Federal budget deal spares Q-C rail money
A budget deal that averted a government shutdown left untouched $230 million in federal funds for a passenger rail line linking Chicago and the Quad-Cities.
There was no money, however, for the purchase of the Thomson Correctional Center, leaving its future as a federal facility in limbo.
Details of the compromise, which was reached late Friday, were unveiled early Tuesday. Votes are expected later this week.
The passenger rail money, which was awarded last October, was thrown into doubt in February, when Republicans who took control of the U.S. House of Representatives approved a $61 billion budget-cutting measure. The proposal rescinded the 2010 passenger rail awards.
The Senate rejected the plan, and ever since, Republicans and Democrats have been grappling over how much to spend to fund the government through Sept. 30.
The new agreement slices $1.5 billion from what President Barack Obama asked for, including $400 million from unobligated 2010 funds.
However, the deal leaves the Chicago-to-Iowa City project untouched because the recission likely will come from funding for a high-speed project in Florida that was rejected by the governor there, according to a congressional aide.
Sen. Dick Durbin, D-Ill., said Tuesday none of eight major Illinois transportation projects that were in danger of losing previously approved money lost funds.
"Withholding these federal funds would have stopped eight important projects dead in their tracks while killing hundreds of Illinois jobs in the process," Durbin said in a statement Tuesday afternoon.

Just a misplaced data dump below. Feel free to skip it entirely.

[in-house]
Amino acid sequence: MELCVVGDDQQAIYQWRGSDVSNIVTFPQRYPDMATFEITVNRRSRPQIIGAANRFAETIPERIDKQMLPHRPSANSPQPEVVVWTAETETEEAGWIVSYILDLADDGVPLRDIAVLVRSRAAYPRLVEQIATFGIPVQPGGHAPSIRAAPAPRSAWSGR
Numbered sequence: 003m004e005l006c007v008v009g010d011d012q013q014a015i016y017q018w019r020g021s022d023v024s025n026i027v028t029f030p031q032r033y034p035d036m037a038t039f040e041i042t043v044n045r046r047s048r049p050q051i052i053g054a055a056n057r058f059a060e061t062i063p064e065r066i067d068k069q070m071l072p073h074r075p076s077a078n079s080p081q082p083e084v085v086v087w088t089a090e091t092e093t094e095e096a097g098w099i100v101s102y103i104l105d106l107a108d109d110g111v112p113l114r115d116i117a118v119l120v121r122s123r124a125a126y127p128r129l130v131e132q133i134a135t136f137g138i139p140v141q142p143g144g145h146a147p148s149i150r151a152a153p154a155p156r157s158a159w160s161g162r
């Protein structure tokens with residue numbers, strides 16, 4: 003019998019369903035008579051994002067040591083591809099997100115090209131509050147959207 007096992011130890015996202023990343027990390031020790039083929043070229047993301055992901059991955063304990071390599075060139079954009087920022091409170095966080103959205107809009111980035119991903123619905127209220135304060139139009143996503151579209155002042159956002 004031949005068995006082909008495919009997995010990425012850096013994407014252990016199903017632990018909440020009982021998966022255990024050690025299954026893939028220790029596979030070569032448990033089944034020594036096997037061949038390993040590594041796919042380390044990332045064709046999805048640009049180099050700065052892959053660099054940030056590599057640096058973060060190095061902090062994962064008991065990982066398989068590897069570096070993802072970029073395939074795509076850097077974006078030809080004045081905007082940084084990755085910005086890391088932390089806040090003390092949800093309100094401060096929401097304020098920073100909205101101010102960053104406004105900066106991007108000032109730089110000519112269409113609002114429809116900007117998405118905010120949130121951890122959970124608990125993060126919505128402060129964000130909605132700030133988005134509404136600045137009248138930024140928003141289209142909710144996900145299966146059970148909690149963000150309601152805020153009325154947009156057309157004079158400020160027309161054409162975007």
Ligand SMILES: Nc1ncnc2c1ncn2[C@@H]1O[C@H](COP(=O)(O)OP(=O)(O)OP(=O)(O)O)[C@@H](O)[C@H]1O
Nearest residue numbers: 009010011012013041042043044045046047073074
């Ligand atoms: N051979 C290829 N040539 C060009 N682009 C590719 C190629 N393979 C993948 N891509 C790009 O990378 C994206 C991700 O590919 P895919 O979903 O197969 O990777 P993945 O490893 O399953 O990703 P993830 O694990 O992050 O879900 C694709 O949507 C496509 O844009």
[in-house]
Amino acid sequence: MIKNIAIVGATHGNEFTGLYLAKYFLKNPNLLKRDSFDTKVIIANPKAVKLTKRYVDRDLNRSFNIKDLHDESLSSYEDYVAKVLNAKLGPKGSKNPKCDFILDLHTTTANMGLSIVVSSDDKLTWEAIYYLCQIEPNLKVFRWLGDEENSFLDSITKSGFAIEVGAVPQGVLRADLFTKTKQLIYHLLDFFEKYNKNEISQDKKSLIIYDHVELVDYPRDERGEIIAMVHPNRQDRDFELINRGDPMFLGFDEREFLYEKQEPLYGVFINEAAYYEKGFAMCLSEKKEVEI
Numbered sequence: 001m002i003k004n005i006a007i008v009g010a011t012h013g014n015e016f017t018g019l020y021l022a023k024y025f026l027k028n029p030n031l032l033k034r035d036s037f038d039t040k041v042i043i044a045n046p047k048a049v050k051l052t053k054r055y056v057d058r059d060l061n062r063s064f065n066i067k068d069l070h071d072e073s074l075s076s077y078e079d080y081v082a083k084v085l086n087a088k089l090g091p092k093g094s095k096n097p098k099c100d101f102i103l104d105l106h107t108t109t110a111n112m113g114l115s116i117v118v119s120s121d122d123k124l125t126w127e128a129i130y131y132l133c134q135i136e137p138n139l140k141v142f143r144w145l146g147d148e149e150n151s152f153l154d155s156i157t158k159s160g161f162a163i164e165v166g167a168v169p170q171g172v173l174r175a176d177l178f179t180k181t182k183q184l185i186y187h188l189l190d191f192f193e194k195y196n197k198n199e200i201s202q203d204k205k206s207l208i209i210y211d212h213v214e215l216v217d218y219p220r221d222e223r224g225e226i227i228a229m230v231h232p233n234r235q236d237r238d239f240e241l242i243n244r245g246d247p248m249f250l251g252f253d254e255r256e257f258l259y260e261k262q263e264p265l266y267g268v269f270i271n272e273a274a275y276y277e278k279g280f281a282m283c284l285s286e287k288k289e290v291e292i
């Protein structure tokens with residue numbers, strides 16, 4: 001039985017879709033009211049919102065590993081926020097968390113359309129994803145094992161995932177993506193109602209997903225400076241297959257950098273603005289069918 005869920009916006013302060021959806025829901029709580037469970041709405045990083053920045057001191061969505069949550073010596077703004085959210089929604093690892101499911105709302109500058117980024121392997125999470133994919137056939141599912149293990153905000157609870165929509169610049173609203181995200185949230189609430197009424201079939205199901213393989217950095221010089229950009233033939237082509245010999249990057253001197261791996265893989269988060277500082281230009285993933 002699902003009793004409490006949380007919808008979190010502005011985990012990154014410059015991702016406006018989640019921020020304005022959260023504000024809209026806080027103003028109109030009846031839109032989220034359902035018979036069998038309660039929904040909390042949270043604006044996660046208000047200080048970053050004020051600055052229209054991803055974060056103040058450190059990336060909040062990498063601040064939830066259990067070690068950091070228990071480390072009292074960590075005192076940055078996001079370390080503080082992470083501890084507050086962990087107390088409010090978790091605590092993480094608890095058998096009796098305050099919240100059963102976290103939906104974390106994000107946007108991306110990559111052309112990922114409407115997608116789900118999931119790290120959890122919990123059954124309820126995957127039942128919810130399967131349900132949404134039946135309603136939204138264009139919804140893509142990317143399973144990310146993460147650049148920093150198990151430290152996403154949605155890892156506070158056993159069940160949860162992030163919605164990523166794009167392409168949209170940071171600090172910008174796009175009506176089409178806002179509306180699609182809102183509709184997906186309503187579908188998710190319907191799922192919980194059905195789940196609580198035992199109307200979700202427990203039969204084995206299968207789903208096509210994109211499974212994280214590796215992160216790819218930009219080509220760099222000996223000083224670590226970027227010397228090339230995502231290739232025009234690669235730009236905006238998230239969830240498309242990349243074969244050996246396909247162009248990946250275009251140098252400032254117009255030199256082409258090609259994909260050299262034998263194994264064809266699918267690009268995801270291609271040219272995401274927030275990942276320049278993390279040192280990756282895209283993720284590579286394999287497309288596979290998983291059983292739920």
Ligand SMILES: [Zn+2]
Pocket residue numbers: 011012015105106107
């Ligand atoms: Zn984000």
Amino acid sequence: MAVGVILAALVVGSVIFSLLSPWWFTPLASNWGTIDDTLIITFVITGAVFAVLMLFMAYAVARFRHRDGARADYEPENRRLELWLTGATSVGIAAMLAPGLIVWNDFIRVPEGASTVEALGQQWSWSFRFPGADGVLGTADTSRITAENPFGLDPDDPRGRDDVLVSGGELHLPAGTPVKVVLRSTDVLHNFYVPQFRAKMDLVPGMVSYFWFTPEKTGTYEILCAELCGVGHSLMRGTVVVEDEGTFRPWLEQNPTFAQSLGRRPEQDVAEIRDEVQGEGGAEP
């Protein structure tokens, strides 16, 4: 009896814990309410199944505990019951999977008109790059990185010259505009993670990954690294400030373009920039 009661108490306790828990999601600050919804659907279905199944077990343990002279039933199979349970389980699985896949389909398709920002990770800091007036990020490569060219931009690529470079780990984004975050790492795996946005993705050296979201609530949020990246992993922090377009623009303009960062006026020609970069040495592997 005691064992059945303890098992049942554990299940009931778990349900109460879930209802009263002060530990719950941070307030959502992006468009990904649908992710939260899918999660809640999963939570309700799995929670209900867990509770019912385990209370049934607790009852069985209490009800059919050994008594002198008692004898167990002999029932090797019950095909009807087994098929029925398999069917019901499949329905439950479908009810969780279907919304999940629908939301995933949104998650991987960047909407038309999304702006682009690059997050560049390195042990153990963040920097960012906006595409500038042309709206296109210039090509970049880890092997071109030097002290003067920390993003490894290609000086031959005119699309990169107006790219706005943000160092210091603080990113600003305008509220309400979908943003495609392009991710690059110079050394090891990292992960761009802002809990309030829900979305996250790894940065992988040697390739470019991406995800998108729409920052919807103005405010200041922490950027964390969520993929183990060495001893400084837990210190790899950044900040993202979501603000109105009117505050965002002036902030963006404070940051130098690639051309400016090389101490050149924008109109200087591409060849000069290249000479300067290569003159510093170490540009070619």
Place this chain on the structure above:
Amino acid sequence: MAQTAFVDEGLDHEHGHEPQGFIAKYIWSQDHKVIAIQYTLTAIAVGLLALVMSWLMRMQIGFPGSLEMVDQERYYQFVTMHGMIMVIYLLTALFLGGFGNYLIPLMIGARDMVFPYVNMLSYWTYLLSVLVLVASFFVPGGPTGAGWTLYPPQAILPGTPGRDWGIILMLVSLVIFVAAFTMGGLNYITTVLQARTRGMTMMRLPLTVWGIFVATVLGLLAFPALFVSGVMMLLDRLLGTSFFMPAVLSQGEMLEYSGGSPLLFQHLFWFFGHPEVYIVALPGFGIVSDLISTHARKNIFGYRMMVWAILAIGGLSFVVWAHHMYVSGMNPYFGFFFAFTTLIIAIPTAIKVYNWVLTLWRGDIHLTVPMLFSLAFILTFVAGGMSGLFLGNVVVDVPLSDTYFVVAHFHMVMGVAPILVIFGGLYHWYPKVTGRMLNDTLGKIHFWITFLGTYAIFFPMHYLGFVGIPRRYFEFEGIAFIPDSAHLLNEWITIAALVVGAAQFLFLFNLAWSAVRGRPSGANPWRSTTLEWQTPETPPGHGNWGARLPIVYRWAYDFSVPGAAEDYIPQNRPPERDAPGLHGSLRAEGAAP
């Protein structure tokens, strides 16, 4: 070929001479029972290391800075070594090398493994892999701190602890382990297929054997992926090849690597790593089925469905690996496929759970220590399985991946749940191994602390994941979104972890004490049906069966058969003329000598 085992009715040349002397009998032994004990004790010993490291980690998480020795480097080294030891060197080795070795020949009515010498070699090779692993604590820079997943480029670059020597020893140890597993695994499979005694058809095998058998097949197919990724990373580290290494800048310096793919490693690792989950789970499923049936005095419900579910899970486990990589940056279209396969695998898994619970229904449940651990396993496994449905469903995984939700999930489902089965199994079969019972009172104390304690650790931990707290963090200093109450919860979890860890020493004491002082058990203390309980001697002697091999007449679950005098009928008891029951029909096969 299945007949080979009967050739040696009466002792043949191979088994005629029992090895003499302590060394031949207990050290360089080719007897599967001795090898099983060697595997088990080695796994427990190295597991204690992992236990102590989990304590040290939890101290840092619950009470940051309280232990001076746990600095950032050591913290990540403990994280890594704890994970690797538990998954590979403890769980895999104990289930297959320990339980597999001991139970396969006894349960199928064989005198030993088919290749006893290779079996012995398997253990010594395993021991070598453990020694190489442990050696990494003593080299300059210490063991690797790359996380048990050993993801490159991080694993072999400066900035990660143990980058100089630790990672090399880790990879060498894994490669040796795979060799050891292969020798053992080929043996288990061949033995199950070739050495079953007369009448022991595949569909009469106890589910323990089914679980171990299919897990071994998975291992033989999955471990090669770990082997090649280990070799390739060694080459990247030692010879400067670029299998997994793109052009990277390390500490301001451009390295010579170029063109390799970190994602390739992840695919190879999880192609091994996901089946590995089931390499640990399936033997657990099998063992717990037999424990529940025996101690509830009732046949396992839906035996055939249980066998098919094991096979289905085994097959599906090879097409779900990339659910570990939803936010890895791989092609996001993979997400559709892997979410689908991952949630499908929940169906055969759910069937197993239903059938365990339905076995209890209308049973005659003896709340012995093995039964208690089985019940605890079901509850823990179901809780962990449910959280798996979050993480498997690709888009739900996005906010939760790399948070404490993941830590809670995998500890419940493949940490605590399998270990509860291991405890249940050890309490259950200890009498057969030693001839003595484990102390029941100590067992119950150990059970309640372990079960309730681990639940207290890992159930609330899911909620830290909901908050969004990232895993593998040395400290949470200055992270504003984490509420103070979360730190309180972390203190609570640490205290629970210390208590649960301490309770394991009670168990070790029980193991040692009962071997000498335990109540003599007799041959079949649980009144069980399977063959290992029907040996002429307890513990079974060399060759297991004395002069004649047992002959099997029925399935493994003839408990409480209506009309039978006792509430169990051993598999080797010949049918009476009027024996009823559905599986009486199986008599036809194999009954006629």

"It's a bit of a relief we weren't included in this one," said Paul Rumler, executive director of the Quad-Cities Passenger Rail Coalition.
Still, officials say they'll remain vigilant.
"I don't think you can ever be secure in this environment until the money is in hand," Rumler said.
Durbin said he was working with the federal Department of Transportation to obligate the rail funds, so they and the other project funds wouldn't be subject to later revocations.
Still, it's likely to be several weeks and possibly months before the rail funds reach that stage, state officials say.
Meanwhile, the news wasn't as good for those hoping for funding for the purchase of the Thomson prison.
The budget deal did not include funds for Federal Bureau of Prisons to buy the vacant facility.
The administration had asked for $170 million, and last week, it pledged it wouldn't move Guantanamo Bay detainees there, a move backers of the deal hoped would ease GOP reluctance to approve the funds.
The absence of money in the fiscal year 2011 budget doesn't necessarily kill the deal.
Durbin, who has been leading the legislative effort to get the prison in federal hands, will meet Friday with the director of the Bureau of Prisons to talk about other funding sources, said Christina Mulka, a spokeswoman.
Previously, Durbin asked the bureau to consider excess funds under its control to pay for the purchase, a request likely to come up again.
The prisons bureau previously said it wants to buy Thomson to ease the overcrowding in the U.S. corrections system. The bureau's proposed 2012 budget asks for $67 million to activate the facility.